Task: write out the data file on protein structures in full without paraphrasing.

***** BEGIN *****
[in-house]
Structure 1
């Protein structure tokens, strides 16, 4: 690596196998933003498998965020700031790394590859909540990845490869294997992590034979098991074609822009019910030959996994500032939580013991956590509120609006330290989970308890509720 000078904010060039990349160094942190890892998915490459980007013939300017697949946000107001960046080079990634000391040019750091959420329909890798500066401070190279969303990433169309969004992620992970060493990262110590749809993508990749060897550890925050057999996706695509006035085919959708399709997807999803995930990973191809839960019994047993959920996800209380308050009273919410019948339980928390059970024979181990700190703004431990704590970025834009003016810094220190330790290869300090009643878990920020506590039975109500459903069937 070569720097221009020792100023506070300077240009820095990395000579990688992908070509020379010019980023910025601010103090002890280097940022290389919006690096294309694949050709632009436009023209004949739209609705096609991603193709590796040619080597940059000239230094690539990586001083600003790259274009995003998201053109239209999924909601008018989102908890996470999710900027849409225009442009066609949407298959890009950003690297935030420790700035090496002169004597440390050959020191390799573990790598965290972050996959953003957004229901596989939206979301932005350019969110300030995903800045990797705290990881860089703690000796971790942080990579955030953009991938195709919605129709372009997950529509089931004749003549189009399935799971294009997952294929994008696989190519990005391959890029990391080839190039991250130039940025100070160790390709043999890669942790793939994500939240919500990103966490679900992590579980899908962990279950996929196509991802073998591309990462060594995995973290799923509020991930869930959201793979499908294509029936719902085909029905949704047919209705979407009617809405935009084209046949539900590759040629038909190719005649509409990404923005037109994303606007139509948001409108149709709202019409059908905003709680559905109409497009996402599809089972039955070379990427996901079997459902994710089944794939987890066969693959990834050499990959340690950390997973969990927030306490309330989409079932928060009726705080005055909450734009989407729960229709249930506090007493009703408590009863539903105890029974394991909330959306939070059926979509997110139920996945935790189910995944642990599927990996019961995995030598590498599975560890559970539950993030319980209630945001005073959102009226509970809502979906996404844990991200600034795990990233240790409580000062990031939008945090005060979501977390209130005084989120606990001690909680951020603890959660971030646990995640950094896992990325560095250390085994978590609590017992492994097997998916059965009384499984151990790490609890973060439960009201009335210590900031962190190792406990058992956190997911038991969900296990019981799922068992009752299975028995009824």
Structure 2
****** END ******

[in-house]
Structure 1
């Protein structure tokens, strides 16, 4: 690596196998933003498998965020700031790394590859909540990845490869294997992590034979098991074609822009019910030959996994500032939580013991956590509120609006330290989970308890509720 000078904010060039990349160094942190890892998915490459980007013939300017697949946000107001960046080079990634000391040019750091959420329909890798500066401070190279969303990433169309969004992620992970060493990262110590749809993508990749060897550890925050057999996706695509006035085919959708399709997807999803995930990973191809839960019994047993959920996800209380308050009273919410019948339980928390059970024979181990700190703004431990704590970025834009003016810094220190330790290869300090009643878990920020506590039975109500459903069937 070569720097221009020792100023506070300077240009820095990395000579990688992908070509020379010019980023910025601010103090002890280097940022290389919006690096294309694949050709632009436009023209004949739209609705096609991603193709590796040619080597940059000239230094690539990586001083600003790259274009995003998201053109239209999924909601008018989102908890996470999710900027849409225009442009066609949407298959890009950003690297935030420790700035090496002169004597440390050959020191390799573990790598965290972050996959953003957004229901596989939206979301932005350019969110300030995903800045990797705290990881860089703690000796971790942080990579955030953009991938195709919605129709372009997950529509089931004749003549189009399935799971294009997952294929994008696989190519990005391959890029990391080839190039991250130039940025100070160790390709043999890669942790793939994500939240919500990103966490679900992590579980899908962990279950996929196509991802073998591309990462060594995995973290799923509020991930869930959201793979499908294509029936719902085909029905949704047919209705979407009617809405935009084209046949539900590759040629038909190719005649509409990404923005037109994303606007139509948001409108149709709202019409059908905003709680559905109409497009996402599809089972039955070379990427996901079997459902994710089944794939987890066969693959990834050499990959340690950390997973969990927030306490309330989409079932928060009726705080005055909450734009989407729960229709249930506090007493009703408590009863539903105890029974394991909330959306939070059926979509997110139920996945935790189910995944642990599927990996019961995995030598590498599975560890559970539950993030319980209630945001005073959102009226509970809502979906996404844990991200600034795990990233240790409580000062990031939008945090005060979501977390209130005084989120606990001690909680951020603890959660971030646990995640950094896992990325560095250390085994978590609590017992492994097997998916059965009384499984151990790490609890973060439960009201009335210590900031962190190792406990058992956190997911038991969900296990019981799922068992009752299975028995009824």
Structure 2